MITRE in the mix!

This is where MITRE comes in. Through MITRE research, we are taking steps to assess new ways for algorithms to give us feedback. Machine learning is a valuable tool, but its black box nature can make it difficult to rely on in the real world.

Photo courtesy of Pixabay

For instance, imagine I took our algorithm, and showed it the new image of a corgi above. If the algorithm puts more weight on the color of the fur, it might determine that this is a wolf. If it focuses on the silhouette of the head, or the contrast of the collar, then it might determine it’s a dog. The problem is that I have trained the algorithm to the point where I am satisfied with its performance, but now I am expecting it to give me an answer. Some kinds of machine learning tools break down the image into shapes and colors and patterns to discern information about those elements. Each element is used to calculate weights or scores that can be combined to produce a result, in this case wolf or dog. In the most limited case, it might just tell me dog or wolf. If we made it more verbose, then it might tell us how it weighted different elements in its decision.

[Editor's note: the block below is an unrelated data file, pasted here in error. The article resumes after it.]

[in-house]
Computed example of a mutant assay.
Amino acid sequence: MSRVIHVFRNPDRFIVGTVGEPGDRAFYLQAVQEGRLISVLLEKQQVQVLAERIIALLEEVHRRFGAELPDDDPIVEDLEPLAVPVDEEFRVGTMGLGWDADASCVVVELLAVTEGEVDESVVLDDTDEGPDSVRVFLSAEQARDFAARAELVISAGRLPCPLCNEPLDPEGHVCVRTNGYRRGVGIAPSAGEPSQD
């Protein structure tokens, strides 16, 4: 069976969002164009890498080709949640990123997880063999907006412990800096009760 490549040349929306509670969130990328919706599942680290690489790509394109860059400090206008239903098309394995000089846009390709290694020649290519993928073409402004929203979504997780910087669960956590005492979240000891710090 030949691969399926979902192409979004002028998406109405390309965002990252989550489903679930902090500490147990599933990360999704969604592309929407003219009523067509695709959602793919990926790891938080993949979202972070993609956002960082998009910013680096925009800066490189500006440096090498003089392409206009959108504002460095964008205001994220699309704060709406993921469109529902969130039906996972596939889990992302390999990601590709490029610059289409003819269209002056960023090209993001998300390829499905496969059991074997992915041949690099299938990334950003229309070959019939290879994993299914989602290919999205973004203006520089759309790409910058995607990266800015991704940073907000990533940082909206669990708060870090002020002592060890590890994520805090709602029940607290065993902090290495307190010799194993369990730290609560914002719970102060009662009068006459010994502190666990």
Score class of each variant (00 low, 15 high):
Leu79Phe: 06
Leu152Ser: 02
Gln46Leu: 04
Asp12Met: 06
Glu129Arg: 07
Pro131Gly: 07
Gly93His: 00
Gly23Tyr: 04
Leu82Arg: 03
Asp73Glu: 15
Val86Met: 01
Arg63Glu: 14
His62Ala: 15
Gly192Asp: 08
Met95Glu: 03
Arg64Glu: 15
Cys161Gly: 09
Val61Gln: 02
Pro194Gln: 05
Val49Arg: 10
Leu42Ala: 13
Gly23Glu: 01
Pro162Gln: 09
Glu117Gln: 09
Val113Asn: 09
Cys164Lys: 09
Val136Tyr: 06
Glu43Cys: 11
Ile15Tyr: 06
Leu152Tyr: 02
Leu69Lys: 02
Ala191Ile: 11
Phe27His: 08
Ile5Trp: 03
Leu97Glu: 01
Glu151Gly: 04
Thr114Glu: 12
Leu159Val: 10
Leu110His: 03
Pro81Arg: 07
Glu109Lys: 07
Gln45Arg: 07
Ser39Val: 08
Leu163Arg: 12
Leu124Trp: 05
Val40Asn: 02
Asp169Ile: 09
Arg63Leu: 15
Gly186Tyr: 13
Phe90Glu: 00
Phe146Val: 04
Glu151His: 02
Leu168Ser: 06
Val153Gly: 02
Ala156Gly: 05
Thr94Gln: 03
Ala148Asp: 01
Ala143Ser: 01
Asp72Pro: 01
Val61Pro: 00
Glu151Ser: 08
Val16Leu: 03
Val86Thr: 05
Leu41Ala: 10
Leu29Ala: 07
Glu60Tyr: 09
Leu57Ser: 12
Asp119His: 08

Now imagine we were to redesign our algorithm. Wouldn’t it be better if we could get it to highlight exactly what in the image was impacting the outcome? We might find that our algorithm says it’s a dog, not because of the corgi itself, but because of the snow and lack of trees in the background of the image. This example of a machine learning classifier focusing on unintended features of images is from a research effort on better understanding how an opaque black box model is making classifications. The tool produced, LIME, is an example of an active research community focused on “Explainable AI”. DARPA is making significant investments in this, as are many major AI-focused companies.